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“Who Does Visibility Serve and Who Does it Harm?”: Chase Joynt and Morgan M. Page on Their Sundance Doc Framing Agnes

Zackary Drucker as “Agnes." Photo Credit: Ava Benjamin Shorr

Framing Agnes, the title of Chase Joynt’s (No Ordinary Man) latest genre-queering film – world premiering in the Next section at this year’s Sundance – refers to a controversial trans woman who, in the 1960s, participated in a groundbreaking gender health research study at UCLA. It also refers to the fact that, historically, trans people have never been allowed to leave the frame. Or, paradoxically, enter the frame (if not a blond beauty like Agnes or Christine Jorgensen). So how does Joynt place Agnes in his cinematic frame without framing her? The answer is with an abundance of artistic ingenuity and a little help from his friends. (Who happen to be deep-thinking trans stars , including Zackary Drucker, who plays Agnes, Angelica Ross, Jen Richards, Max Wolf Valerio, Silas Howard, and Stephen Ira.)

Just prior to the film’s (January 22) virtual debut Filmmaker reached out to Joynt and his co-writer Morgan M. Page (the London-based creator of the trans history podcast “One From the Vaults,” and EP of the Wondery investigative podcast series “Harsh Reality: The Story of Miriam Rivera”) to find out how they learned about Agnes and came up with the docu-fiction’s innovative talk show element, and whether gender fluidity might soon usher in a golden age of genre fluidity.

Filmmaker: So how did you discover Agnes and the UCLA Gender Clinic, and what made you think that this academic material could actually form the basis of a film?

Joynt: I first spent careful time with Agnes in collaboration with my friend Kristen Schilt, a professor of sociology at the University of Chicago, when we were co-teaching a class about the politics of narrative construction. The case study of Agnes was an incredible way to think with students about the ways similar material can be interpreted differently by people from varying disciplinary locations with often opposing or conflicting motivations, to very different ends.

Page: A lot of my work is more straight-forwardly engaging stories from the archives. What drew me to working on Framing Agnes was the opportunity to use these archival breadcrumbs to have a wider ranging discussion about the values and violences of the archive itself, about who becomes history and why, and about the uses of history.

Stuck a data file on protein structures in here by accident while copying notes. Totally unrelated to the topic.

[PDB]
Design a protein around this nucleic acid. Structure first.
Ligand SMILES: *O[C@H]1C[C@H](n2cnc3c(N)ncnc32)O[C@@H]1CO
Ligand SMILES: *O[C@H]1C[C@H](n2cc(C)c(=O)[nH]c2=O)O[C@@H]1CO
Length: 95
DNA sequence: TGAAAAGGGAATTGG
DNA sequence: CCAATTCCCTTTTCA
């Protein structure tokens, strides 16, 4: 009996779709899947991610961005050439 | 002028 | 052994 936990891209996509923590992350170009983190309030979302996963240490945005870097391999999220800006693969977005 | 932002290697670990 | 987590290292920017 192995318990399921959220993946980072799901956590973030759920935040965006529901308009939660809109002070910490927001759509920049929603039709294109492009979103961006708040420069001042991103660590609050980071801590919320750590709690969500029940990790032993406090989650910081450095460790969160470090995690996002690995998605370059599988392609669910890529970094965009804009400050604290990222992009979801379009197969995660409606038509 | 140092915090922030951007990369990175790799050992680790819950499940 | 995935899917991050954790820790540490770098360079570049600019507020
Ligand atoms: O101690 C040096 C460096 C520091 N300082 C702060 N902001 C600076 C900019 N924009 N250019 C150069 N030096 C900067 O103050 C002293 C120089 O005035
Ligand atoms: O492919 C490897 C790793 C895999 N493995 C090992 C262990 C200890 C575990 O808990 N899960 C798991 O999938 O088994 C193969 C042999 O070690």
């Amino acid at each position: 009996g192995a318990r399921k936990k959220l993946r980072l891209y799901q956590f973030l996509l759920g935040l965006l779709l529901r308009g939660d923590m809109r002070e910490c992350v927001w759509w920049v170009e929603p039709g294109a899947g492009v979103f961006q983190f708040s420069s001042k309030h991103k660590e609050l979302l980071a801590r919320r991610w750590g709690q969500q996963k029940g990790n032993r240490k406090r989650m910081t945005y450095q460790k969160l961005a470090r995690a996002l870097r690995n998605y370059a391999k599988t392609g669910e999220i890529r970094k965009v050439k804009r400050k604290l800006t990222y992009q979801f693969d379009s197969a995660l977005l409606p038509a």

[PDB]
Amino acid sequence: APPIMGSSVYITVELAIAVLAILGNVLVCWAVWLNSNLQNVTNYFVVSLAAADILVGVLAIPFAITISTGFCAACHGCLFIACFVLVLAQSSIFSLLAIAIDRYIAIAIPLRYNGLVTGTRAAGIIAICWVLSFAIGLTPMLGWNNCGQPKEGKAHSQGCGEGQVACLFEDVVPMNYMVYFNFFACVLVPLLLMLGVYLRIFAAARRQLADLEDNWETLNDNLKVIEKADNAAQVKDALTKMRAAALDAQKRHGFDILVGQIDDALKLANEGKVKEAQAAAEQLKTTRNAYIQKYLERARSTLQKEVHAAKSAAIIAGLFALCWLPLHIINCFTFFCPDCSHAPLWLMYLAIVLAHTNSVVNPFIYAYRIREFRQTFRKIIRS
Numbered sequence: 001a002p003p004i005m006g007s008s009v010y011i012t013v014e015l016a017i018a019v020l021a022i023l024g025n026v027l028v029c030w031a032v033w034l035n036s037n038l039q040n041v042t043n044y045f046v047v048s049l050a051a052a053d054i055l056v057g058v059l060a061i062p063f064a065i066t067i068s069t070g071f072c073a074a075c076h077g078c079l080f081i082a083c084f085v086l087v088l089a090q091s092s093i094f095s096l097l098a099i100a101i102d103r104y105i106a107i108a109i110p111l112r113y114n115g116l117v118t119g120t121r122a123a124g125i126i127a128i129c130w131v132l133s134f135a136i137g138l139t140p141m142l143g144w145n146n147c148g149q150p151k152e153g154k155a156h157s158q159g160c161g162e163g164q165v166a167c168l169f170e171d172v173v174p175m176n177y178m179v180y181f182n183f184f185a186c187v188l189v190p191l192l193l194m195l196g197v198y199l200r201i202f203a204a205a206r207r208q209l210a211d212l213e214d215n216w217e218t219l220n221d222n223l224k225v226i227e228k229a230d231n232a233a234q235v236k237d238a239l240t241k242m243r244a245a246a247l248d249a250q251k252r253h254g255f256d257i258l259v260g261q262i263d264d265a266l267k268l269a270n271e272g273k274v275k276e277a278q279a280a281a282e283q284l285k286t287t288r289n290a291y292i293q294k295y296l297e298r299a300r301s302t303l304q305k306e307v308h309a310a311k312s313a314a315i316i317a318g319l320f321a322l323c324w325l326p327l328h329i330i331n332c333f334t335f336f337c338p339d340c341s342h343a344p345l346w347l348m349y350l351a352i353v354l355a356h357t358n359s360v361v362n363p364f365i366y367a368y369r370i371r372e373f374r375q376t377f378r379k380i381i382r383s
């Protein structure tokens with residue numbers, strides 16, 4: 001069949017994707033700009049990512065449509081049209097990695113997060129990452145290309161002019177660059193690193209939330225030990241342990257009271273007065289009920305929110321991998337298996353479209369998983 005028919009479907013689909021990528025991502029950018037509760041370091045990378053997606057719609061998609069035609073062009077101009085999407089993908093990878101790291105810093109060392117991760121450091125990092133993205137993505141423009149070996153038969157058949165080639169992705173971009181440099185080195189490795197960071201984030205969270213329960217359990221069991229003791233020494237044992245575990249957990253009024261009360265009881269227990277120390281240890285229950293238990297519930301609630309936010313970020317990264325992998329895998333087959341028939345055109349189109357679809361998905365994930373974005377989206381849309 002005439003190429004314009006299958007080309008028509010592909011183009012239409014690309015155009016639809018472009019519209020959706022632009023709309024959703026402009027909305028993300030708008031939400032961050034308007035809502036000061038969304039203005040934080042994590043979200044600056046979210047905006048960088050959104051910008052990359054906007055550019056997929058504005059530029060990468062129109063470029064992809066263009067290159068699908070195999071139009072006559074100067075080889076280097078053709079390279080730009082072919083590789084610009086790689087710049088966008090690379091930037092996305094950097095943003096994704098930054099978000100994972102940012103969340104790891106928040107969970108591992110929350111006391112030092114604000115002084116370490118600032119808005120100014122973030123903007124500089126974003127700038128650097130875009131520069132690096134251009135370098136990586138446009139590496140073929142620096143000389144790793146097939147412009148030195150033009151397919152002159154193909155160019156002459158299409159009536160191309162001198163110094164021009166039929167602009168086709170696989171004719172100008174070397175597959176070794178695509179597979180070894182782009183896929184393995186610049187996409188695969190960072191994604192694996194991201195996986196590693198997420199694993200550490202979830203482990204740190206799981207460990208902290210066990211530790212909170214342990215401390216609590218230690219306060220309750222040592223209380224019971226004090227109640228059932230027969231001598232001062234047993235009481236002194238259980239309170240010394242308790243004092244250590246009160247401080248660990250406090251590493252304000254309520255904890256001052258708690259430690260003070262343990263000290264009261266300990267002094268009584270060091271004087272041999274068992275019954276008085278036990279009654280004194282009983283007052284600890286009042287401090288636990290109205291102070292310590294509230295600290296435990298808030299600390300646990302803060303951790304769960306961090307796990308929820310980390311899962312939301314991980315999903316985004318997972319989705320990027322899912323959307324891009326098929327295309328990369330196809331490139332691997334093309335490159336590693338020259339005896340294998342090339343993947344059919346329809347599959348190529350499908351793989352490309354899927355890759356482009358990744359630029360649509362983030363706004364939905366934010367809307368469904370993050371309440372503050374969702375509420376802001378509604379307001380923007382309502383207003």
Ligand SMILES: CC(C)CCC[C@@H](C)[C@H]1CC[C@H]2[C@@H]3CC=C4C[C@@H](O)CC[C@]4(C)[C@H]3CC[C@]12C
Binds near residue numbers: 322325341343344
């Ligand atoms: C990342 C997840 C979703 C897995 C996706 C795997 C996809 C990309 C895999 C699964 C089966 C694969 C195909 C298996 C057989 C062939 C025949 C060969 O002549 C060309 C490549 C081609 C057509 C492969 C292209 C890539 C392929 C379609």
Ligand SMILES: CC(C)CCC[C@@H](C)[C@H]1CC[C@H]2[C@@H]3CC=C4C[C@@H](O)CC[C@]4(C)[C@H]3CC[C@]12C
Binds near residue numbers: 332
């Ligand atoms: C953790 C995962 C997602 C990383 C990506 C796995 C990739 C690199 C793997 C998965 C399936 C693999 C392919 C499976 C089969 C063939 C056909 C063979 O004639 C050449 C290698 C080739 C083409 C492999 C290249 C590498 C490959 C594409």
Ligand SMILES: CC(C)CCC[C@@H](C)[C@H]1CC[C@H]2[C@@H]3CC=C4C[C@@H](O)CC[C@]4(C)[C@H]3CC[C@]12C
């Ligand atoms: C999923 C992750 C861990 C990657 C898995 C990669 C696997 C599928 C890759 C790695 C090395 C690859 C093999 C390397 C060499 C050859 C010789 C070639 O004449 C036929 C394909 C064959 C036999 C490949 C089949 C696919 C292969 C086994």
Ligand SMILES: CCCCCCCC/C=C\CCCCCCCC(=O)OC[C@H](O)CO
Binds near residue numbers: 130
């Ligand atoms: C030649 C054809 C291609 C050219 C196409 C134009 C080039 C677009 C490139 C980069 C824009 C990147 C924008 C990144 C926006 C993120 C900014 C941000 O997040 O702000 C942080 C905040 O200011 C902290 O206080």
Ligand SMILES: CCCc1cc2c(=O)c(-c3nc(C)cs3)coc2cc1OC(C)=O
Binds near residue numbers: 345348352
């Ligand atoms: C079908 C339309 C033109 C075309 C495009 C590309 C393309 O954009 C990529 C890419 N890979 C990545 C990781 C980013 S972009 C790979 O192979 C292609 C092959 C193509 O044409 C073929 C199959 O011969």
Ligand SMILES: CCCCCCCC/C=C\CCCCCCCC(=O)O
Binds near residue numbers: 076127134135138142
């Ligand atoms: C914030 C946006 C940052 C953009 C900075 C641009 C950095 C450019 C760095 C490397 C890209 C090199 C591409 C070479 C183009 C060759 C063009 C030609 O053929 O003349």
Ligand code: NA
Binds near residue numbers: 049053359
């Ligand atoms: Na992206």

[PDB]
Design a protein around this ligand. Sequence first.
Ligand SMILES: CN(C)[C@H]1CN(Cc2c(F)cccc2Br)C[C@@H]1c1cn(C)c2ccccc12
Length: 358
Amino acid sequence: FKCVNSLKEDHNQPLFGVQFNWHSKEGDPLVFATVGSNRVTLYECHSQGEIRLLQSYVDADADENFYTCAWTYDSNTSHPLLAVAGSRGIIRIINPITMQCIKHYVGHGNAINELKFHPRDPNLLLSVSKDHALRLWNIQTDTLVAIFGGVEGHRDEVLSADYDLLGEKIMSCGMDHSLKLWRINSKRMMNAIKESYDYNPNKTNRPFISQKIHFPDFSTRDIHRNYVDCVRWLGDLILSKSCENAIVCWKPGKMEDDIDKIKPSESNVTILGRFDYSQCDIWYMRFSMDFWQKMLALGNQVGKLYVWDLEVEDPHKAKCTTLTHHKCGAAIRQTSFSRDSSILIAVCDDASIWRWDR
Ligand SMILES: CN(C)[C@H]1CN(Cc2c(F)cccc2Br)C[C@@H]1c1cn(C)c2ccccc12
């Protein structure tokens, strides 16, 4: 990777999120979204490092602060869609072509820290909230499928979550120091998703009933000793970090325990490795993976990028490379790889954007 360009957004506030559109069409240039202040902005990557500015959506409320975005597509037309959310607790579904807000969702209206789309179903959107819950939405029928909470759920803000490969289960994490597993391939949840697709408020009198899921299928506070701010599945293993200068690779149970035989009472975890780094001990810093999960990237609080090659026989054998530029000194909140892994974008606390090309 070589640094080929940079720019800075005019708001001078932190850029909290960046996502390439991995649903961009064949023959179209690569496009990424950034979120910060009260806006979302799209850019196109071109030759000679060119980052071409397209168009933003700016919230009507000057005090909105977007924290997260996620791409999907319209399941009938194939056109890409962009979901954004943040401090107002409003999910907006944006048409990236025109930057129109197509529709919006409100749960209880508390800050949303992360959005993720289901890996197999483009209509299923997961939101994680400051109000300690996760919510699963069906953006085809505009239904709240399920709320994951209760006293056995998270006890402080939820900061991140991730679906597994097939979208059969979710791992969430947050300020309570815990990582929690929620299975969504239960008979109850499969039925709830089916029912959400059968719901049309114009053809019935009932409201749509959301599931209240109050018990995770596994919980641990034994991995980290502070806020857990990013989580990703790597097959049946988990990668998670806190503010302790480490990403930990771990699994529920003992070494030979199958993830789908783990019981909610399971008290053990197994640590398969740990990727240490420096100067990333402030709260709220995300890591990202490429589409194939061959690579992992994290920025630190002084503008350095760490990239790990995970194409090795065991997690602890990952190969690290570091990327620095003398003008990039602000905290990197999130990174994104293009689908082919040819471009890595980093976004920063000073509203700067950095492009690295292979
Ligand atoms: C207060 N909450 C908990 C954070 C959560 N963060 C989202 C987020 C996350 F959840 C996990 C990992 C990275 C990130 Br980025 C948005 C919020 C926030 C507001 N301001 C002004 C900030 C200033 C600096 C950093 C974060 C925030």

Filmmaker: Can you talk a bit about the doc’s aesthetic? How did you come up with the talk show format, the decision to use Super 8, etc.?

Joynt: Throughout the film we employ recording technologies as portals to intimacy and alienation. From the domestic Super 8, which encourages a mode of intimate personal address, to the industrial talk show studio camera, which is so often shot over-the-shoulder and imagined for an audience located elsewhere, each comes with their own aesthetics and expectations. I spent months thinking: How can I, as a maker, rely on your familiarity with the medium and use that to draw your attention to other things – such as the production of race, class and gender? Each aesthetic form holds a very particular meaning and place in the history of moving-image representation of trans and gender non-conforming people.

Filmmaker: How did you go about building your tight-knit team, including casting the various roles?

Joynt: Immediately upon encountering the archival transcripts we were taken aback by the connections we could make between various life details found on those pages and the experiences of many in our shared community. From our earliest conversations about the project, we understood it was critical to work with those who would be most impacted by the experimental and embodied strategies which would anchor the film. To me it has always felt less like casting and more about an opportunity to collaborate and find meaning together onscreen. It is from that place of shared investment that we can then ask what is at stake – and for whom – when we engage these historical frames.